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Three Things to Know: Knicks snap 18-game home losing streak, Spike Lee finds out at Oscars

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Every day in the NBA there is a lot to unpack, so every weekday morning throughout the season we will give you the three things you need to know from the last 24 hours in the NBA.

1) Knicks snap 18-game home losing streak, Spike Lee finds out at Oscars. The key to the Knicks winning their first game in Madison Square Garden since Dec. 1 apparently was to have superfan Spike Lee on the other side of the country.

Lee was at the Oscars in Los Angeles, winning one for Best Adapted Screenplay for ““BlacKkKlansman” (and not being thrilled with the “Green Book” best picture win) when Samuel L. Jackson informed Lee the Knicks won.

Lee appears to yell back “We’re trying to tank,” which is just what Adam Silver wants for the league on a national broadcast. Not that the tanking has gone great suddenly, the Knicks have now won 2-of-3. Don’t worry about lottery though, the Knicks still have the second-worst record in the NBA, which means a 14 percent chance of Zion Williamson and a 47.8 percent chance of picking fifth or sixth.

Early on Sunday it didn’t look like the Knicks would win, they were doing very Knicks things.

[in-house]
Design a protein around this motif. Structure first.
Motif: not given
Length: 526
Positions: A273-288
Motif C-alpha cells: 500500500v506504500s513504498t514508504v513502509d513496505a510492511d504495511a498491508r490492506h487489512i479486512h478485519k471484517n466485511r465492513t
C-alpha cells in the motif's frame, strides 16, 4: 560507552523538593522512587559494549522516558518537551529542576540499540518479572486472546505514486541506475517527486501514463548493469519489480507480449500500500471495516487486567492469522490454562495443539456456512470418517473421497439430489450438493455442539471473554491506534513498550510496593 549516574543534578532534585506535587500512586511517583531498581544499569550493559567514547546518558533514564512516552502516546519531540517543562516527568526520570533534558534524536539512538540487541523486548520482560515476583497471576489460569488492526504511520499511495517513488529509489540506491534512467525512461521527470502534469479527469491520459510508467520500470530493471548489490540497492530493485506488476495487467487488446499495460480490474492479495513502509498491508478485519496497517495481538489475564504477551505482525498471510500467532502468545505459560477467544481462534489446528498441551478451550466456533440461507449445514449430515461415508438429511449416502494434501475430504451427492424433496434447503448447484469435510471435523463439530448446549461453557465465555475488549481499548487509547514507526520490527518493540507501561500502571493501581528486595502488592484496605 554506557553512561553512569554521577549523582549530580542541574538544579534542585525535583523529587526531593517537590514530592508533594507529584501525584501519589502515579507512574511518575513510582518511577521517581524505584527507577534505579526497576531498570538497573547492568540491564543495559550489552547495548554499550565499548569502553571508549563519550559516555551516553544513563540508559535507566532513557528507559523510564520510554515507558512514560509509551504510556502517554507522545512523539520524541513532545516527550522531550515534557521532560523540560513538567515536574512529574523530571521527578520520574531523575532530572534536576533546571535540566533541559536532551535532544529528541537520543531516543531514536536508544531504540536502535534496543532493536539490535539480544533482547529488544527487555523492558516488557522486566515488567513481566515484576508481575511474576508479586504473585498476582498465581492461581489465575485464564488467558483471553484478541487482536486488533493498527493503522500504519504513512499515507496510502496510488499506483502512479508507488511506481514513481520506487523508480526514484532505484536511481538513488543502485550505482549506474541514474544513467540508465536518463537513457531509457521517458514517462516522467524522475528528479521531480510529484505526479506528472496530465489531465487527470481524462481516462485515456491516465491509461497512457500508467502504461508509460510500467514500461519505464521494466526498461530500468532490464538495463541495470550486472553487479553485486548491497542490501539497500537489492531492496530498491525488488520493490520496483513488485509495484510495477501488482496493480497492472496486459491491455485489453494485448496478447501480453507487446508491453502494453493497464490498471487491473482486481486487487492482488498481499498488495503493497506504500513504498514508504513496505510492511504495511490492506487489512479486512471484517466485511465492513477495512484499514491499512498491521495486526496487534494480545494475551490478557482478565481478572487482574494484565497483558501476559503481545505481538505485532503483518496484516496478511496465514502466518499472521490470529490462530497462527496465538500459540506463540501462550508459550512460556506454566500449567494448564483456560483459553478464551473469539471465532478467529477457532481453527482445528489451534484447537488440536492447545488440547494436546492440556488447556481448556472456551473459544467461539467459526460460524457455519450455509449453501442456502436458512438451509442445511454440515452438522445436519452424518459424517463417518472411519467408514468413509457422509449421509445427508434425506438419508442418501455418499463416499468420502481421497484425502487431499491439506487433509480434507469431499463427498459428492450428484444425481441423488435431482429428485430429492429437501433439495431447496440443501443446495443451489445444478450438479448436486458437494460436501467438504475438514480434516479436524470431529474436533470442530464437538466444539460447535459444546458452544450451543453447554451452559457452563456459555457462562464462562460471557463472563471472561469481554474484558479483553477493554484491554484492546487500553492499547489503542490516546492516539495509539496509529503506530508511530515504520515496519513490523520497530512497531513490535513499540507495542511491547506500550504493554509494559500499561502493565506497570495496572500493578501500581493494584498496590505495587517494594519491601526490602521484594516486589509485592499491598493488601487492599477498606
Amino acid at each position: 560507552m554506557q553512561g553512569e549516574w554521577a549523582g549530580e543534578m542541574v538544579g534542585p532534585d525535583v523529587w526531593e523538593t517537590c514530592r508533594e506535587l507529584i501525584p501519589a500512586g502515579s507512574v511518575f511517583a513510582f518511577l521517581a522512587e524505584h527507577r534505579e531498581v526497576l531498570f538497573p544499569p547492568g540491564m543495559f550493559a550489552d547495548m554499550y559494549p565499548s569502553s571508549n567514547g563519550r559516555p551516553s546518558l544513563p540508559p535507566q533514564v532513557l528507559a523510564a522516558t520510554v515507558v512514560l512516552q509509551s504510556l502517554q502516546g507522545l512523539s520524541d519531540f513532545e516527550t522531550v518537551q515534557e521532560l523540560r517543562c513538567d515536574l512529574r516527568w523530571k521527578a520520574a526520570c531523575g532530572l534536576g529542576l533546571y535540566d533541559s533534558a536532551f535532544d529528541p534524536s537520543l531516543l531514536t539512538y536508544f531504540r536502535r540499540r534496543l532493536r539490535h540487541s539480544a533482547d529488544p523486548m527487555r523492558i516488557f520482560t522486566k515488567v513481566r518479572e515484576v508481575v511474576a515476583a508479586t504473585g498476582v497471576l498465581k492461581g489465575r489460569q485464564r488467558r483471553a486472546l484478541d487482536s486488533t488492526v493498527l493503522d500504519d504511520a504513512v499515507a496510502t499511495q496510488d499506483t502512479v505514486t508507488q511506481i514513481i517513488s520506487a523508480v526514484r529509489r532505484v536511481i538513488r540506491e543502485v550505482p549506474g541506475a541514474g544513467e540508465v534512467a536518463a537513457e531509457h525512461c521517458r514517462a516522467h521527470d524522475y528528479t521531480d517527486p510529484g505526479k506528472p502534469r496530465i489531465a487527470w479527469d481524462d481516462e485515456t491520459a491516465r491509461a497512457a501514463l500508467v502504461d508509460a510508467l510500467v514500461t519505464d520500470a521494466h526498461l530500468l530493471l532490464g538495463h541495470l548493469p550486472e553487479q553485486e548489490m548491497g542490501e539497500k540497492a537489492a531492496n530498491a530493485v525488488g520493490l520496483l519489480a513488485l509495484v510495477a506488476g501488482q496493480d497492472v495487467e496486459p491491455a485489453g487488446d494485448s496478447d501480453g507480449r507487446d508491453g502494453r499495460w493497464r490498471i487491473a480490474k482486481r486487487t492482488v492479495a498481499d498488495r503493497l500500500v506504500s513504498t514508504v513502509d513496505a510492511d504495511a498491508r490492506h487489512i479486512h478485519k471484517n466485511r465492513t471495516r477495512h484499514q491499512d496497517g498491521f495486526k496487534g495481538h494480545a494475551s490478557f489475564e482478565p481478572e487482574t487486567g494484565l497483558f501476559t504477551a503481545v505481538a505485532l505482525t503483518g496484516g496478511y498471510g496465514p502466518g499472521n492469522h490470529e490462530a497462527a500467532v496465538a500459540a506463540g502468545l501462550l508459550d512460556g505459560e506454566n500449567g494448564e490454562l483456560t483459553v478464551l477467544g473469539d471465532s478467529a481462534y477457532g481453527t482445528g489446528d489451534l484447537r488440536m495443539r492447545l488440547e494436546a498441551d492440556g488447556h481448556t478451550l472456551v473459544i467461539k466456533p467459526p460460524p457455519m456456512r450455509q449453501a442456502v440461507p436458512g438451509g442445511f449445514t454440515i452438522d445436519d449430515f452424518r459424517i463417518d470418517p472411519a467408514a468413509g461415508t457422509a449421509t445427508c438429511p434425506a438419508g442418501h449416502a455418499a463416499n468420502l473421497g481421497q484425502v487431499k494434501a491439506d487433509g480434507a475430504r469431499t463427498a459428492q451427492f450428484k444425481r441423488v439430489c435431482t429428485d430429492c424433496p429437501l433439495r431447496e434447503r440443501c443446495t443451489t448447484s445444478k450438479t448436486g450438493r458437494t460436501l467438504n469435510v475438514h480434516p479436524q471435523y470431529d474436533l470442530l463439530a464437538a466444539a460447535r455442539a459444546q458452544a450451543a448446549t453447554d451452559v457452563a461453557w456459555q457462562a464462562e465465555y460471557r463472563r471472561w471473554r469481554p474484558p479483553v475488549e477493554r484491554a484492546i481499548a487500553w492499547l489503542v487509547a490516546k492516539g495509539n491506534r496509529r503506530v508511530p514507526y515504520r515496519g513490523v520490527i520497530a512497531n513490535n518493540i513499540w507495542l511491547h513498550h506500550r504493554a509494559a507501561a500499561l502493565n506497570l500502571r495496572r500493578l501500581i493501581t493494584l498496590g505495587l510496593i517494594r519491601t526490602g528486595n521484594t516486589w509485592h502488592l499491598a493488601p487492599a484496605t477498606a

Then things turned around as the Knicks got good games from guys who could be part of whatever future is to come in New York. Damyean Dotson led the way with 27 points, knocking down eight 3-pointers along the way. New point guard Dennis Smith Jr. had 19 points and 13 assists (plus a spectacular missed dunk), and Mitchell Robinson added 15 points, 14 rebounds, and 5 blocks.

Everyone talks about Sacramento and maybe the Lakers passing the Clippers for the final playoff slot in the West, but the Spurs are tied with the Clippers for the 7/8 seed and have lost 6-of-7 on the Rodeo road trip (with one game remaining, Monday in Brooklyn). They are the team in real danger of falling out in the West, although fivethirtyeight.com has San Antonio with an 85 percent chance of making the postseason. The Spurs remaining schedule is tougher than the Clippers and Kings, Gregg Popovich and company need o find some wins once they get back home.